Tech billionaire Peter Thiel, a major supporter of Republican nominee Donald Trump, said during a major speech in front of the National Press Club on Monday that Trumpism "isn't crazy, and it's not going away."
Thiel, who has been heavily criticized by fellow Silicon Valley tech magnates for his unabashedly pro-Trump stance, which was amplified by his speech in front of the Republican National Convention in Cleveland his summer, said the Manhattan billionaire "points toward a new Republican Party beyond the dogmas of Reaganism."
"He points even beyond the remaking of one party to a new American politics that overcomes denial, rejects bubble thinking, and reckons with reality," he said, per his prepared remarks. "When the distracting spectacles of this election season are forgotten and the history of our time is written, the only important question will be whether or not that new politics came too late."
The founder of PayPal and prominent venture capitalist, who helped bankroll wrestling star Hulk Hogan's lawsuit that ended up crushing the news website Gawker, acknowledged the election year has been "crazy."
"Real events seem like they're rehearsals for 'Saturday Night Live,'" Thiel said. "Only an outbreak of insanity would seem to account for the unprecedented fact that this year a political outsider managed to win a major-party nomination."
"To the people who are used to influencing our choice of leaders, to the wealthy people who give money and the commentators who give reasons why, it all seems like a bad dream," he continued. "Donors don't want to find out how and why we got here. They just want to move on. Come November 9, they hope everyone else will go back to business as usual."
The election, he added, "is less crazy than the condition of our country" and he's voting for Trump because other politicians are "just rearranging the deck chairs on the Titanic."
Thiel criticized the rising costs of medicine, the country's overpriced healthcare system, outstanding student debt held by many young Americans, stagnant incomes, and the country's involvement in foreign wars.
"Now, not everyone is hurting," he said. "In the wealthy suburbs that ring Washington, DC, people are doing just fine. Where I work in Silicon Valley, people are doing just great. But most Americans don't live by the Beltway or the San Francisco Bay. Most Americans haven't been part of that prosperity. It shouldn't be surprising to see people vote for Bernie Sanders or for Donald Trump, who is the only outsider left in the race."
Thiel said he doesn't agree with "everything" Trump "has said and done," pointing out Trump's boasts of being able to make unwanted sexual advances on women, which were made public when a tape from 2005 was leaked.
"Nobody thinks his comments about women were acceptable. I agree they were clearly offensive and inappropriate," he said. "But I don't think voters pull the lever in order to endorse a candidate's flaws. It's not a lack of judgment that leads Americans to vote for Trump; we're voting for Trump because we judge the leadership of our country to have failed."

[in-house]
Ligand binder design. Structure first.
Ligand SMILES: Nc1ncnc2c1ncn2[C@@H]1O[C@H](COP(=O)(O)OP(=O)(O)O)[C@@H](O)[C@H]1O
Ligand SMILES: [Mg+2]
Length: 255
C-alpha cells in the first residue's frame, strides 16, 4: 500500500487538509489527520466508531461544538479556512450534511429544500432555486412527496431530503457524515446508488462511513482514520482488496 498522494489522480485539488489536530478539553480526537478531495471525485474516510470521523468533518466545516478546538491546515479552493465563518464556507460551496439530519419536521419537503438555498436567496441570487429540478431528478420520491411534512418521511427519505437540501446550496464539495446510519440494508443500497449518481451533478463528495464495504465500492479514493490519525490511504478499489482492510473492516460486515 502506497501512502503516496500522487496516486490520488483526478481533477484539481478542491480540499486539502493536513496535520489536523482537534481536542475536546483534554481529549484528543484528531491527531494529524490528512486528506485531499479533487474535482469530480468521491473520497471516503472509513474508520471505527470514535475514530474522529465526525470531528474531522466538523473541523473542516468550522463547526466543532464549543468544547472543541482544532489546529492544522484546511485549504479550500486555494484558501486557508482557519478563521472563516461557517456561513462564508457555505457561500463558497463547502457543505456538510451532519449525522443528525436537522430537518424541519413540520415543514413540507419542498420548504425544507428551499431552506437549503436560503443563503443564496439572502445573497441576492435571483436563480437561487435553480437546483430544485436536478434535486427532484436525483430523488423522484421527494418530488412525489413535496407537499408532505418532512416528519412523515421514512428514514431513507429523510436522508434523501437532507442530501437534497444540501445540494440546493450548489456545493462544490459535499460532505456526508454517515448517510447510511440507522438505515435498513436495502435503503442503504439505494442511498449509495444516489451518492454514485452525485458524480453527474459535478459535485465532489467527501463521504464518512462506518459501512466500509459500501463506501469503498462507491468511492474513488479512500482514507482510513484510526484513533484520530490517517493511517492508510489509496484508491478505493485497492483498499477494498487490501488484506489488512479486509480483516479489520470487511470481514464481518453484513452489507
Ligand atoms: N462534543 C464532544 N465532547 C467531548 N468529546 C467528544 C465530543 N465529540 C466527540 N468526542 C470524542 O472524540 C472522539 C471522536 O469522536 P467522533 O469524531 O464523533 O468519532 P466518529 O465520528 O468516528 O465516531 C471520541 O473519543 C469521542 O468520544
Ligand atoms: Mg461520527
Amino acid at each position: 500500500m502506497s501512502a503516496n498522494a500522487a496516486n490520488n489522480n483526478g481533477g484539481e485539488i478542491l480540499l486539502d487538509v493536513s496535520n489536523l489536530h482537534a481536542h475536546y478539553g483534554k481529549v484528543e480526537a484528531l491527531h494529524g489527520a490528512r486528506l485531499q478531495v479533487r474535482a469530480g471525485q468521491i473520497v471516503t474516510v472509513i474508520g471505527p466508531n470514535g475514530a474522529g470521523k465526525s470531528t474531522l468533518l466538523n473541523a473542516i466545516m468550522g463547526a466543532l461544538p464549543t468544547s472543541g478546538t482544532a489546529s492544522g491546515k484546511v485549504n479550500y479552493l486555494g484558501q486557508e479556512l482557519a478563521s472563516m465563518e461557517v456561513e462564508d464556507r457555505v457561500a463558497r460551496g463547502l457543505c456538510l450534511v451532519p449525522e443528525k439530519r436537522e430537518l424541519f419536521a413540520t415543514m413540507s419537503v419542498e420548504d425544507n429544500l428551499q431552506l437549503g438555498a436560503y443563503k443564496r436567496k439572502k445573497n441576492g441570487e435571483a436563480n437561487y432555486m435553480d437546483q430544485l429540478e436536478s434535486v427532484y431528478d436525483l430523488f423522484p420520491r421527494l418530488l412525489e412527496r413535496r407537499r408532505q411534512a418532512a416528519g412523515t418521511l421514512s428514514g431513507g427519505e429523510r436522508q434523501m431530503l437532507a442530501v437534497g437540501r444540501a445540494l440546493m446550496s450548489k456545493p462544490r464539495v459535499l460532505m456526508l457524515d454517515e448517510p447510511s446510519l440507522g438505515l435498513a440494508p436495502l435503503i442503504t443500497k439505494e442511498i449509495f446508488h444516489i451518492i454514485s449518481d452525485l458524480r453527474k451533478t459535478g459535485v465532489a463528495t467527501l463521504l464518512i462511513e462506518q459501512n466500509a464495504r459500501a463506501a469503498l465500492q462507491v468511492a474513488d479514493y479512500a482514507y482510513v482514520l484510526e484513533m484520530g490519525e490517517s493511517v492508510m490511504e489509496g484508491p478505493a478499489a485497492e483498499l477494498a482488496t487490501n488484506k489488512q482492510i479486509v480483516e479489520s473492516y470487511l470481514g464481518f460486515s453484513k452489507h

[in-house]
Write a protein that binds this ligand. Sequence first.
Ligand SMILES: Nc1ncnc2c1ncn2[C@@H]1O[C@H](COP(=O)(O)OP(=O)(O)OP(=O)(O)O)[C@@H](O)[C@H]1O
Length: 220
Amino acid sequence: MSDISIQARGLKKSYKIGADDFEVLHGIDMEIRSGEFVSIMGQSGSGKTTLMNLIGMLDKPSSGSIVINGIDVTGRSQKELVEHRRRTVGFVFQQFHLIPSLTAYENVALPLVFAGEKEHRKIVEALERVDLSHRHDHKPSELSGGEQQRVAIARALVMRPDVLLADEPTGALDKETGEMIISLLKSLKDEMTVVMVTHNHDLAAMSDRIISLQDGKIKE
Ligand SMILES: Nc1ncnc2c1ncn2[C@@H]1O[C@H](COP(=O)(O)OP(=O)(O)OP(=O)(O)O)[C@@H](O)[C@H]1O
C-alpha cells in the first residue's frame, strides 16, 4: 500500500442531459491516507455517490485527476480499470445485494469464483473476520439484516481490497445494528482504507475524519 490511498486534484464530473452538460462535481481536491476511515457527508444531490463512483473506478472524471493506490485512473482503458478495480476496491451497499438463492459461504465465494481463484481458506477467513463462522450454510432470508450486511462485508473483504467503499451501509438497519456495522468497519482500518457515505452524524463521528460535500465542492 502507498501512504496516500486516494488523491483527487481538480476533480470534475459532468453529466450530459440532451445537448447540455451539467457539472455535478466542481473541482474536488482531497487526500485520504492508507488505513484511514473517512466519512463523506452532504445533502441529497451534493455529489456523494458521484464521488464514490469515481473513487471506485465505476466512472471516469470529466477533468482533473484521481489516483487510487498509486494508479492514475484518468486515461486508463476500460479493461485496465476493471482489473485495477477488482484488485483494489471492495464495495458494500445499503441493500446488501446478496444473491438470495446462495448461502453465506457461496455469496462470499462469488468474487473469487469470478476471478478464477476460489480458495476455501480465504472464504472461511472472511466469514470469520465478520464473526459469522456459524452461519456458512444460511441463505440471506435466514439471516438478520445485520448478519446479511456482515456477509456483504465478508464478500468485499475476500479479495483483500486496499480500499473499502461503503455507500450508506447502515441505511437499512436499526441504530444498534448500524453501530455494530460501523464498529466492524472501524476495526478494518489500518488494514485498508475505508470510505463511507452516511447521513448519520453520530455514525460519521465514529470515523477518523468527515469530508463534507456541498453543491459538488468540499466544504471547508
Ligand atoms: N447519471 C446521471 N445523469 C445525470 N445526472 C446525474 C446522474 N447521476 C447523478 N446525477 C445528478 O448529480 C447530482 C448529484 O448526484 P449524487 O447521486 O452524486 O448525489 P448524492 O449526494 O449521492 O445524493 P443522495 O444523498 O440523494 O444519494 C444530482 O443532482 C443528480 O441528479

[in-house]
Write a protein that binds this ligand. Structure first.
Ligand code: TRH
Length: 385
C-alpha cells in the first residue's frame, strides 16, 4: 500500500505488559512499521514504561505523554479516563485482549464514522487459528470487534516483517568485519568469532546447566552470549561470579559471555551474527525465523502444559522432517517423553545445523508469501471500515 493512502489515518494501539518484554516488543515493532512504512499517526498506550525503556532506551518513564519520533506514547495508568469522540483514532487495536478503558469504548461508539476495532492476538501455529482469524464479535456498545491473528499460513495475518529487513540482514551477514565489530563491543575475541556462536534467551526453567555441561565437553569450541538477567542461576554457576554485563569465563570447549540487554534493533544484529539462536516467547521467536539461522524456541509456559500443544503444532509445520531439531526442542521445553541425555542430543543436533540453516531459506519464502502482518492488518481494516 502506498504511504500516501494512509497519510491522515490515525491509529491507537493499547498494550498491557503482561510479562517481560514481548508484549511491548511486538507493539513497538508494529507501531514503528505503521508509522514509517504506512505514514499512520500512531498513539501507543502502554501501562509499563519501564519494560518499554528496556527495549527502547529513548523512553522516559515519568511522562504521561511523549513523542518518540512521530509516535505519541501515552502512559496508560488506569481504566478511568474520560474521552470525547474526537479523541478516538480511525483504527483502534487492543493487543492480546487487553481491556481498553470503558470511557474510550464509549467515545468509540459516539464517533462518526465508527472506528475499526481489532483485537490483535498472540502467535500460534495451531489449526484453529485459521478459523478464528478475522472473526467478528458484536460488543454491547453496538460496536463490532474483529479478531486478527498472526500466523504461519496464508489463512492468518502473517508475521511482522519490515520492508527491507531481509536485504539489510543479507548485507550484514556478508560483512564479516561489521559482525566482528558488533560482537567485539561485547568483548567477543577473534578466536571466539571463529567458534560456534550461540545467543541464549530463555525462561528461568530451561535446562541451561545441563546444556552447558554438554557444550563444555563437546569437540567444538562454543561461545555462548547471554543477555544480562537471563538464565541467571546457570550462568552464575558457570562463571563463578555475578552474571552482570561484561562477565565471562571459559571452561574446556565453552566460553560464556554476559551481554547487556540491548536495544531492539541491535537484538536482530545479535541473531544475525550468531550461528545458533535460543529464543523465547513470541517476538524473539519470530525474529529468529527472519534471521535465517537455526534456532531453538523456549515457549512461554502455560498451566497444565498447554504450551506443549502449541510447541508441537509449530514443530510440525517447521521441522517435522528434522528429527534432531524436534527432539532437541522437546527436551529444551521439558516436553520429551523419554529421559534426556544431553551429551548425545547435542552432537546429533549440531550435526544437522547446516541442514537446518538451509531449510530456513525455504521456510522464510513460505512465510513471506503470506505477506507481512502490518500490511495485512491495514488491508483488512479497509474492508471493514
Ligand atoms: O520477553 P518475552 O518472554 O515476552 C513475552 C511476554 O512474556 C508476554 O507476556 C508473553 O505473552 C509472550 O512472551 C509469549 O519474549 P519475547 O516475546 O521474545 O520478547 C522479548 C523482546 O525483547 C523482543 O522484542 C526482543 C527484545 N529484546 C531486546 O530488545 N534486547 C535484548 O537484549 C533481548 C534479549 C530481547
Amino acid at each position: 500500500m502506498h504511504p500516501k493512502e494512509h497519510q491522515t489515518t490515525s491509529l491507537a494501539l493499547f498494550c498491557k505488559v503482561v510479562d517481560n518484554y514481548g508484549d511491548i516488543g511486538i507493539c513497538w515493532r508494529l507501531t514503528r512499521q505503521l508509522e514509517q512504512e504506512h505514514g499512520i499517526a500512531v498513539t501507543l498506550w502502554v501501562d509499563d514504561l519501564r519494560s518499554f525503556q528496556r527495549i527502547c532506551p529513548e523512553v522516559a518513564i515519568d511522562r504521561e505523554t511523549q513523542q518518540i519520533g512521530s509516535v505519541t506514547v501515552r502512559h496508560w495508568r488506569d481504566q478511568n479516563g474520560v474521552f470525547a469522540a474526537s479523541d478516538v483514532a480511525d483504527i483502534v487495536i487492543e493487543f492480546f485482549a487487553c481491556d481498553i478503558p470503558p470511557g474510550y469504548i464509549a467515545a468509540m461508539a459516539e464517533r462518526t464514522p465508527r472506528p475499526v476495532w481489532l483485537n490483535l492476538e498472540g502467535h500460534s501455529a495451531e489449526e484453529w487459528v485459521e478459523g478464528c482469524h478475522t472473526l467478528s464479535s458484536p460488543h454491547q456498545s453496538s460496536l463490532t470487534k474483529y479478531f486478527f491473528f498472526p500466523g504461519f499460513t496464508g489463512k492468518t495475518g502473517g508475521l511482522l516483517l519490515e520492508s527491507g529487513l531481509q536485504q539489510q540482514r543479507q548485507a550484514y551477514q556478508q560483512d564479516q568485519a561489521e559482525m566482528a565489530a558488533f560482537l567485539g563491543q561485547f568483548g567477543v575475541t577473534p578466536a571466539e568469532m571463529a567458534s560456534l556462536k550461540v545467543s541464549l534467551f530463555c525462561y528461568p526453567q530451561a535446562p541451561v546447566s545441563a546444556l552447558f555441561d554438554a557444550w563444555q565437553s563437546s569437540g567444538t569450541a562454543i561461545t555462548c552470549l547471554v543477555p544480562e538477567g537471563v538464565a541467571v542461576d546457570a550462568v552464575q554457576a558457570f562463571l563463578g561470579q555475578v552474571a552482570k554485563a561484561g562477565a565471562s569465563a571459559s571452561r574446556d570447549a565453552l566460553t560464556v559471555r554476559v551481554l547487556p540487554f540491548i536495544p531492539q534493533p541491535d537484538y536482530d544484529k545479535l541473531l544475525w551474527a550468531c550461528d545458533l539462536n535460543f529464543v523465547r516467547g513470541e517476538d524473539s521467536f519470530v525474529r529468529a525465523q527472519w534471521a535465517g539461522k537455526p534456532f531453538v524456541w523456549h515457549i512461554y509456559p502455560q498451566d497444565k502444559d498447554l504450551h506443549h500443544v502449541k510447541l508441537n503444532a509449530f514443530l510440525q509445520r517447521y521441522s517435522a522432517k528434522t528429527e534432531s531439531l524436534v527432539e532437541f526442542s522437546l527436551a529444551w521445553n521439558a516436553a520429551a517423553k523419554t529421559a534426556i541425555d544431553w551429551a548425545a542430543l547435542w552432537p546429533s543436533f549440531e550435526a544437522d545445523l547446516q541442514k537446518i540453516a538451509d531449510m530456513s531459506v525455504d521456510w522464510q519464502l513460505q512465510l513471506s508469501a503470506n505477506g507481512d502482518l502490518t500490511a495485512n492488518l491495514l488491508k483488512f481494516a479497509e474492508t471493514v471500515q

His fellow coastal elites, he said, are intimidated to dissent from what he essentially deemed as groupthink that says the views of "half of the country" can not be tolerated.
"This intolerance has taken on some bizarre forms," he said. "The Advocate, a magazine which once praised me as a 'gay innovator,' even published an article saying that as of now I am, and I quote, 'not a gay man,' because I don't agree with their politics. The lie behind the buzzword of 'diversity' could not be made more clear: If you don't conform, then you don't count as 'diverse,' no matter what your personal background."
Thiel then began attacking the country's free trade agreements, a common theme of Trump's presidential campaign. He then went back to criticizing America's involvement in foreign wars, claiming that the Democratic Party is now more hawkish than the GOP, and Trump voters are voting against such involvement.
"Voters are tired of being lied to," he said. "It was both insane and somehow inevitable that DC insiders expected this election to be a rerun between the two political dynasties who led us through the two most gigantic financial bubbles of our time."
"President George W. Bush presided over the inflation of a housing bubble so big that its collapse is still causing economic stagnation today," he continued.
"But what's strangely forgotten is that last decade's housing bubble was just an attempt to make up for the gains that had been lost in the decade before that. In the 1990s, President Bill Clinton presided over an enormous stock market bubble and a devastating crash in 2000, just as his second term was coming to an end. That's how long the same people have been pursuing the same disastrous policies."
Trump is rejecting those stories, he said, adding that while no one would suggest the real-estate magnate is "humble," he's right about a "much-needed dose of humility" in US politics.
"Voters are tired of hearing conservative politicians say that government never works," Thiel said.
"They know the government wasn't always this broken. The Manhattan Project, the Interstate Highway System, and the Apollo Program — whatever you think of these ventures, you cannot doubt the competence of the government that got them done. But we have fallen very far from that standard, and we cannot let free market ideology serve as an excuse for decline."
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